Meet the Artist SPOTLIGHT: Donna McGee
Since Pinch’s founding in 1979, we’ve been staunch supporters of independent artisans. We are constantly inspired by artists all over the country (and those close to home) who pursue their creative visions and help enhance the world with their work. Our shop is an homage to the beautiful and the odd, and we are endlessly grateful to curate a space so filled with charming, handcrafted goods.
To show our gratitude for the people who help us make that possible, we’ve launched a SPOTLIGHT series this year. We'll be taking you behind the scenes of our beloved artists' studios, interviewing them about their processes and snapping photos of their workspaces—bringing you right into the brilliant center of their creativity!
This month, we talk to Donna McGee, whose sturdy ceramics are inspired by the western Massachusetts scenery that surround her studio in Hadley. Her unique vases, bowls, and platters often feature rolling hills, chickens, plowed fields, and other natural scenery. Donna's work has been at Pinch since 1982, and we're so glad to continue to carry her pottery!
Pinch: You’ve been with Pinch from early days—what’s it been like to watch the gallery/store evolve as a space for pottery?
Donna McGee: It’s been great! Jena was so well poised to take over when she did. She had a contemporary fashion sense and the confident passion to take Pinch into its next phase.
P: And tell us about your studio, East Street Clay. How did it come about, and how has the space changed over the years?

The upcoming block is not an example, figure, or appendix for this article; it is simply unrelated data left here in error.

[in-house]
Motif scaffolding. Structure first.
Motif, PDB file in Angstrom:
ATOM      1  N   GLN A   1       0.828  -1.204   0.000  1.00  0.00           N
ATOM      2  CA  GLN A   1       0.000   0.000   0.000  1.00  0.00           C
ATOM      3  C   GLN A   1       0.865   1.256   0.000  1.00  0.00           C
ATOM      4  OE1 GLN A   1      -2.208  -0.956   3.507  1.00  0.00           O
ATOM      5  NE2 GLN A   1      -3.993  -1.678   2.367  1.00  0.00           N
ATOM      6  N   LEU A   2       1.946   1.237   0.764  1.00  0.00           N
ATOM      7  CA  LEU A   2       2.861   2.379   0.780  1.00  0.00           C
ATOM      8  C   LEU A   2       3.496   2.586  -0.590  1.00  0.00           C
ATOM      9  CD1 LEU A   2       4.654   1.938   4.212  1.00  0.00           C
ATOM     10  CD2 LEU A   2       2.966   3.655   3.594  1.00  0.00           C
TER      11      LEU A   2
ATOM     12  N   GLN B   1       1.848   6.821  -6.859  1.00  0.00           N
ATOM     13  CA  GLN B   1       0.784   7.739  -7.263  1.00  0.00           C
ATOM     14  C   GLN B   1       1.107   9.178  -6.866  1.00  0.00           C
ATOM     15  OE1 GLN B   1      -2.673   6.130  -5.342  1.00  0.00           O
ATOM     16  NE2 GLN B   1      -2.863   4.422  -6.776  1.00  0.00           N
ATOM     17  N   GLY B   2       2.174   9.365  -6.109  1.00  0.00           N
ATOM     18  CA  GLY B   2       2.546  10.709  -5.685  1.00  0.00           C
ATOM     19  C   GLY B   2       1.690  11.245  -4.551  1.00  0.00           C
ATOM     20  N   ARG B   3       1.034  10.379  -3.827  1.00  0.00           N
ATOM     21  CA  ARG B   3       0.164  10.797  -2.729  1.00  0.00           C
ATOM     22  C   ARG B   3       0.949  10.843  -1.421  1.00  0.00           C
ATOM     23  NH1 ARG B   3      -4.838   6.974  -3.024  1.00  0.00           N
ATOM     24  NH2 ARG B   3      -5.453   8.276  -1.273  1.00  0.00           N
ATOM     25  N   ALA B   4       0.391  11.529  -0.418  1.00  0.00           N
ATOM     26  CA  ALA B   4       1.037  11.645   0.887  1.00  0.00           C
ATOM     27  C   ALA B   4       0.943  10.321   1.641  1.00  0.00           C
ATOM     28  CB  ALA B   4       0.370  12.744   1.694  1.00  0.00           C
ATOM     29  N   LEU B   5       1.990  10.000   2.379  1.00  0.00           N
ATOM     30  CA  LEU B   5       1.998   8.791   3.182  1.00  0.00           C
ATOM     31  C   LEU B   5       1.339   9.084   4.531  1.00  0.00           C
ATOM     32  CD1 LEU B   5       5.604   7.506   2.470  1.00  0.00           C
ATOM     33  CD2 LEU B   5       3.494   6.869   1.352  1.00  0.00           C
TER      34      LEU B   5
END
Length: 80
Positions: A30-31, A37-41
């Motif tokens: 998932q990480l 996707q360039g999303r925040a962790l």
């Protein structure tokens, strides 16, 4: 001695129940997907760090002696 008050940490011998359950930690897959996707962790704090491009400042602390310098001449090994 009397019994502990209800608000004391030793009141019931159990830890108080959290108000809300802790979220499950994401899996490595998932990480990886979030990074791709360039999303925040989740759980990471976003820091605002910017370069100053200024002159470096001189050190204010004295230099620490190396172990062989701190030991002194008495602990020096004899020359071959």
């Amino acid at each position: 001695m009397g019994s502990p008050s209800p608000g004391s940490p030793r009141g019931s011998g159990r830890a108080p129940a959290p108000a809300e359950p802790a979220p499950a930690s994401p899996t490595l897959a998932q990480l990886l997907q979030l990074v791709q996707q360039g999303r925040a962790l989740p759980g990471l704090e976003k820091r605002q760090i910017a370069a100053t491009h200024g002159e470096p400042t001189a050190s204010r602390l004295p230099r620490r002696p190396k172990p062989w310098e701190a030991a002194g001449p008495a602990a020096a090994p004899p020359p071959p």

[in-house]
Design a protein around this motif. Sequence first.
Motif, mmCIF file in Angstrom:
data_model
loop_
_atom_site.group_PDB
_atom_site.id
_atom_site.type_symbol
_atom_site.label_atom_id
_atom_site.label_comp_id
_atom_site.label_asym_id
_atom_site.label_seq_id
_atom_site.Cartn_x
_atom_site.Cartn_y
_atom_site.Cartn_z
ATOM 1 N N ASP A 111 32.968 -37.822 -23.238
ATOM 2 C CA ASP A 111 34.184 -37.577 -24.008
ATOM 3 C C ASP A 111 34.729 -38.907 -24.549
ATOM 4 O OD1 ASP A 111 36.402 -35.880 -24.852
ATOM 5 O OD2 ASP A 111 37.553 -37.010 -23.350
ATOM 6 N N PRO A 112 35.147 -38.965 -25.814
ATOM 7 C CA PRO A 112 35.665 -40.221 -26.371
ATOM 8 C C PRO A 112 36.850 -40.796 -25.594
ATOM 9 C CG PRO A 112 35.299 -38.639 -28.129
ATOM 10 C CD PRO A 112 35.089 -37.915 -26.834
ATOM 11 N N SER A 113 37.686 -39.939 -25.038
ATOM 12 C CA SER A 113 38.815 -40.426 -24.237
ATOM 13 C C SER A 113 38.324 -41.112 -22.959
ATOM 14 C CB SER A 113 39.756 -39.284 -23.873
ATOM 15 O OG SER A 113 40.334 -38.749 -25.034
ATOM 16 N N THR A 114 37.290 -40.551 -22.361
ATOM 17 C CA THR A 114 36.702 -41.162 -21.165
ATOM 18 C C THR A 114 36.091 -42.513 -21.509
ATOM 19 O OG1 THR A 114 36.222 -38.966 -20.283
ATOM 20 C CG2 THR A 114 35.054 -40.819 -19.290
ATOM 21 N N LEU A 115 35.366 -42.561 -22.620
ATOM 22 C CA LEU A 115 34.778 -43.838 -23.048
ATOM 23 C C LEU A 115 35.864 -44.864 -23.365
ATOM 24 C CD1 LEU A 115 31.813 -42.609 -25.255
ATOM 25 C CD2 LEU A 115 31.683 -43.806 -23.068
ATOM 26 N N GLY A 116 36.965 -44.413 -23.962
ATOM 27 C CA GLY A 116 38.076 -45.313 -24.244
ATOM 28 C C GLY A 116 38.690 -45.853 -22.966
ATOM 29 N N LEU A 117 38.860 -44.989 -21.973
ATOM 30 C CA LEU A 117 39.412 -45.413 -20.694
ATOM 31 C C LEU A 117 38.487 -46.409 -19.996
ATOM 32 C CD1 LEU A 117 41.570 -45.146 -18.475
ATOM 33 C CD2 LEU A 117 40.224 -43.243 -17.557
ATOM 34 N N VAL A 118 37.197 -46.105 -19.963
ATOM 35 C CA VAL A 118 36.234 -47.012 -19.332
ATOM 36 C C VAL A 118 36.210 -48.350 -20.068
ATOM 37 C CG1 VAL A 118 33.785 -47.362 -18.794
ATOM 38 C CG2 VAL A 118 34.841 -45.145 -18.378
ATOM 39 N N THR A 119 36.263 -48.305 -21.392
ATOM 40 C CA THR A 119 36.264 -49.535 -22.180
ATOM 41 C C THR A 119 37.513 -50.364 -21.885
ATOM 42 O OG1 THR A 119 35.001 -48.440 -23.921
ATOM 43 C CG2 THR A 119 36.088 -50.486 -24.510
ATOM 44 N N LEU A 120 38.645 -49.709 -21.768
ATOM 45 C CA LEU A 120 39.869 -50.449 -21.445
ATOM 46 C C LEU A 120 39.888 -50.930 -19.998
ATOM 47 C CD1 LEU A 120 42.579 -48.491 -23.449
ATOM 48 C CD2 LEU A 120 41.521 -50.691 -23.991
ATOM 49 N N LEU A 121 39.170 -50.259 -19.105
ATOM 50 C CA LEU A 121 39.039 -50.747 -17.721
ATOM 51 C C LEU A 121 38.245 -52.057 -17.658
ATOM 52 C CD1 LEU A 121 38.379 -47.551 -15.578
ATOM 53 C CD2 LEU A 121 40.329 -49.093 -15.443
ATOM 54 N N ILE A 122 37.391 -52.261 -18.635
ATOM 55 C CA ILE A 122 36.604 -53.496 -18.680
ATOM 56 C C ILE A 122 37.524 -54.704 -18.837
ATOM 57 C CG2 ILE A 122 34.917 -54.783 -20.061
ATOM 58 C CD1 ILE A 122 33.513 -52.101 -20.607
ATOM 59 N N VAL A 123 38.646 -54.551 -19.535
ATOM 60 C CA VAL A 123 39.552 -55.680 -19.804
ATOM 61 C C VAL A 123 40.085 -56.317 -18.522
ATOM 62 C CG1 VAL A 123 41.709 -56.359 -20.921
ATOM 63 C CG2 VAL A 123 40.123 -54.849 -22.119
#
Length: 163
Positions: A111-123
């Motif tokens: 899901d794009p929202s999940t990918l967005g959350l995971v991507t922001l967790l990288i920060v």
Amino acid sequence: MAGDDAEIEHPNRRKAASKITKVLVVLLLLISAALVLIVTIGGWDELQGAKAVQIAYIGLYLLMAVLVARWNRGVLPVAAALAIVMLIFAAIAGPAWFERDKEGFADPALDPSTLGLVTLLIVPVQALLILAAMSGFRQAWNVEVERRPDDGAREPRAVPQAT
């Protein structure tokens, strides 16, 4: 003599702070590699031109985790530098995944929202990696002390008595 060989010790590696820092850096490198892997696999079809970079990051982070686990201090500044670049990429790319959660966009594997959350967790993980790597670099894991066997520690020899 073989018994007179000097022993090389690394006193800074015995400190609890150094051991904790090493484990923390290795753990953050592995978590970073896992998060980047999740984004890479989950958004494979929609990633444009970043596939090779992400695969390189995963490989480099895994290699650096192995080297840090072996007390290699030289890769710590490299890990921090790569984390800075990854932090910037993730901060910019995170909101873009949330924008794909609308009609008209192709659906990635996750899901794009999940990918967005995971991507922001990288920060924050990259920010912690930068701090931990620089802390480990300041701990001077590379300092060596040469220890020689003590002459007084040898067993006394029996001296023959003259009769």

DM: I lived in Boston, and some potters I shared a studio with were moving out to western Mass and setting up a new studio with others here. I decided to be part of this group; we bought a local kiln, took it down, and rebuilt it at our studio. It really hasn’t changed much, although fewer of us share it now. We are so fortunate to have this wonderful space.
P: How did you get into pottery?
DM: I was an art major in college with a concentration in drawing. Took one pottery class in college and hated it – it is hard leaning how to throw! Two years later, I took another class and decided this was what I wanted to do.
P: What’s your favorite aspect of working with clay?
DM: Presently, painting the slips on freshly made pots. Finding the right brush to give the texture I am looking for in that particular pot, having the slip be the perfect consistency, and brushing it on with abandon.
P: What does a typical day in your studio look like?
DM: After a six mile bike ride/commute, I put the fresh flowers I’ve brought into a vase, and my lunch in the fridge. Then I check the pots I’ve been working on, or unload a kiln, or continue decorating. I work in a two-week cycle: one week making the pots, one week decorating, glazing, firing.
P: Who did/do you learn from?
DM: I am self-taught. Had books, encouragement, and perseverance. I am still learning!
P: What inspires you?
DM: Strong functional pots with integrity. Also, patterns in nature, the timeless beauty of the human figure, and exciting surface treatment, whether on a pot I’ve made or one by someone else. I find earthy, rough pots with a primitive vitality to be the most energizing to me.
P: What can we expect from you next? Any new designs or glazes or images on the horizon?
DM: Each pot is new! More drawing, more color, more exploring sketches on pots (for the record, all the work has one transparent glaze).
Stop by the Northampton shop to view Donna's work!